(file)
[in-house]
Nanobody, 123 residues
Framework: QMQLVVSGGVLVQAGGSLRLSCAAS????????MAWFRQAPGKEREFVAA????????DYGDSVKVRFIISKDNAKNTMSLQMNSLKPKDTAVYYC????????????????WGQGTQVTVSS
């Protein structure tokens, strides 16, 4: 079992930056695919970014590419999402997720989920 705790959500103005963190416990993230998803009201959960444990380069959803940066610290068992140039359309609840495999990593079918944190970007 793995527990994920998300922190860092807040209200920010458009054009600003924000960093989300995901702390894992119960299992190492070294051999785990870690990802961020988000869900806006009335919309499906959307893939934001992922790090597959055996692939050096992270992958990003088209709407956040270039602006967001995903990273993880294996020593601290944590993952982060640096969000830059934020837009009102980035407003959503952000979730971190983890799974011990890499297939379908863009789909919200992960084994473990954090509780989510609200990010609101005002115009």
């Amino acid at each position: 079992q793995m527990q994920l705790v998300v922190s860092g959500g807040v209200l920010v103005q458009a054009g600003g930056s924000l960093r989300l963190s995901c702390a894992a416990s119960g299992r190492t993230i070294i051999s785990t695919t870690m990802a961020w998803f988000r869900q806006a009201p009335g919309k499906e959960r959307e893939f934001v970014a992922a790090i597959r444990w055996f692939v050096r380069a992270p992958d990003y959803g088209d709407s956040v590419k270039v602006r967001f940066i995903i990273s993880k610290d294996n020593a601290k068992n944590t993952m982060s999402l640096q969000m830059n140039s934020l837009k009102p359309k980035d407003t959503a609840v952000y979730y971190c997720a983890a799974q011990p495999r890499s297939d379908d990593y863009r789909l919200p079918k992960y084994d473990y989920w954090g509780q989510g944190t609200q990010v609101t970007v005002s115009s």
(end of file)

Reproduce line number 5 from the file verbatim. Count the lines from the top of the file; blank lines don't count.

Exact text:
């Amino acid at each position: 079992q793995m527990q994920l705790v998300v922190s860092g959500g807040v209200l920010v103005q458009a054009g600003g930056s924000l960093r989300l963190s995901c702390a894992a416990s119960g299992r190492t993230i070294i051999s785990t695919t870690m990802a961020w998803f988000r869900q806006a009201p009335g919309k499906e959960r959307e893939f934001v970014a992922a790090i597959r444990w055996f692939v050096r380069a992270p992958d990003y959803g088209d709407s956040v590419k270039v602006r967001f940066i995903i990273s993880k610290d294996n020593a601290k068992n944590t993952m982060s999402l640096q969000m830059n140039s934020l837009k009102p359309k980035d407003t959503a609840v952000y979730y971190c997720a983890a799974q011990p495999r890499s297939d379908d990593y863009r789909l919200p079918k992960y084994d473990y989920w954090g509780q989510g944190t609200q990010v609101t970007v005002s115009s």